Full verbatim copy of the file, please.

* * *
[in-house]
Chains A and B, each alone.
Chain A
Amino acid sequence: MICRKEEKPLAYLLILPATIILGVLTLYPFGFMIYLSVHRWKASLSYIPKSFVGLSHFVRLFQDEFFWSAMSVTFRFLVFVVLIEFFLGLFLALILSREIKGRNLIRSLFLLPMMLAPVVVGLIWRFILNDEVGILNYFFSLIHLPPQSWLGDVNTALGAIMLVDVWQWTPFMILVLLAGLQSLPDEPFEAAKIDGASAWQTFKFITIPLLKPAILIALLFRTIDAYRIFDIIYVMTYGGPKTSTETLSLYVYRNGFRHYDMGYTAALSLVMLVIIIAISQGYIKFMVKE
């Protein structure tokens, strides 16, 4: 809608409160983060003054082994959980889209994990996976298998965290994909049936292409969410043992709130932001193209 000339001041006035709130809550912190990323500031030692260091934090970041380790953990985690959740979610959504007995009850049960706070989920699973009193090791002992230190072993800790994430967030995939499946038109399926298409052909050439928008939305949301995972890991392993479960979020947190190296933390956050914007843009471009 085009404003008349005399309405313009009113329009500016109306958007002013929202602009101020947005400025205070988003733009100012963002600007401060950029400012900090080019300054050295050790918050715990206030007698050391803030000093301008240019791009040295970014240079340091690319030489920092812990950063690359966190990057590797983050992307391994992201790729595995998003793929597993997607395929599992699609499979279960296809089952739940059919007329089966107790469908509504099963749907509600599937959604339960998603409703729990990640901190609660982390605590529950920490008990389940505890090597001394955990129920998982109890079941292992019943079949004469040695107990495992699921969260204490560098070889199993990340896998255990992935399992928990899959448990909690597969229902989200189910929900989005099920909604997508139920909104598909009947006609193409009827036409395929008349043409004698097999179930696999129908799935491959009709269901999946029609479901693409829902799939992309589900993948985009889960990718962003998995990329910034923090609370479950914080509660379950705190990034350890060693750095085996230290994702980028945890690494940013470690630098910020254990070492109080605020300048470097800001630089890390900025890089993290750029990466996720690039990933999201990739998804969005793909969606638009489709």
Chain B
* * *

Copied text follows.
[in-house]
Chains A and B, each alone.
Chain A
Amino acid sequence: MICRKEEKPLAYLLILPATIILGVLTLYPFGFMIYLSVHRWKASLSYIPKSFVGLSHFVRLFQDEFFWSAMSVTFRFLVFVVLIEFFLGLFLALILSREIKGRNLIRSLFLLPMMLAPVVVGLIWRFILNDEVGILNYFFSLIHLPPQSWLGDVNTALGAIMLVDVWQWTPFMILVLLAGLQSLPDEPFEAAKIDGASAWQTFKFITIPLLKPAILIALLFRTIDAYRIFDIIYVMTYGGPKTSTETLSLYVYRNGFRHYDMGYTAALSLVMLVIIIAISQGYIKFMVKE
């Protein structure tokens, strides 16, 4: 809608409160983060003054082994959980889209994990996976298998965290994909049936292409969410043992709130932001193209 000339001041006035709130809550912190990323500031030692260091934090970041380790953990985690959740979610959504007995009850049960706070989920699973009193090791002992230190072993800790994430967030995939499946038109399926298409052909050439928008939305949301995972890991392993479960979020947190190296933390956050914007843009471009 085009404003008349005399309405313009009113329009500016109306958007002013929202602009101020947005400025205070988003733009100012963002600007401060950029400012900090080019300054050295050790918050715990206030007698050391803030000093301008240019791009040295970014240079340091690319030489920092812990950063690359966190990057590797983050992307391994992201790729595995998003793929597993997607395929599992699609499979279960296809089952739940059919007329089966107790469908509504099963749907509600599937959604339960998603409703729990990640901190609660982390605590529950920490008990389940505890090597001394955990129920998982109890079941292992019943079949004469040695107990495992699921969260204490560098070889199993990340896998255990992935399992928990899959448990909690597969229902989200189910929900989005099920909604997508139920909104598909009947006609193409009827036409395929008349043409004698097999179930696999129908799935491959009709269901999946029609479901693409829902799939992309589900993948985009889960990718962003998995990329910034923090609370479950914080509660379950705190990034350890060693750095085996230290994702980028945890690494940013470690630098910020254990070492109080605020300048470097800001630089890390900025890089993290750029990466996720690039990933999201990739998804969005793909969606638009489709």
Chain B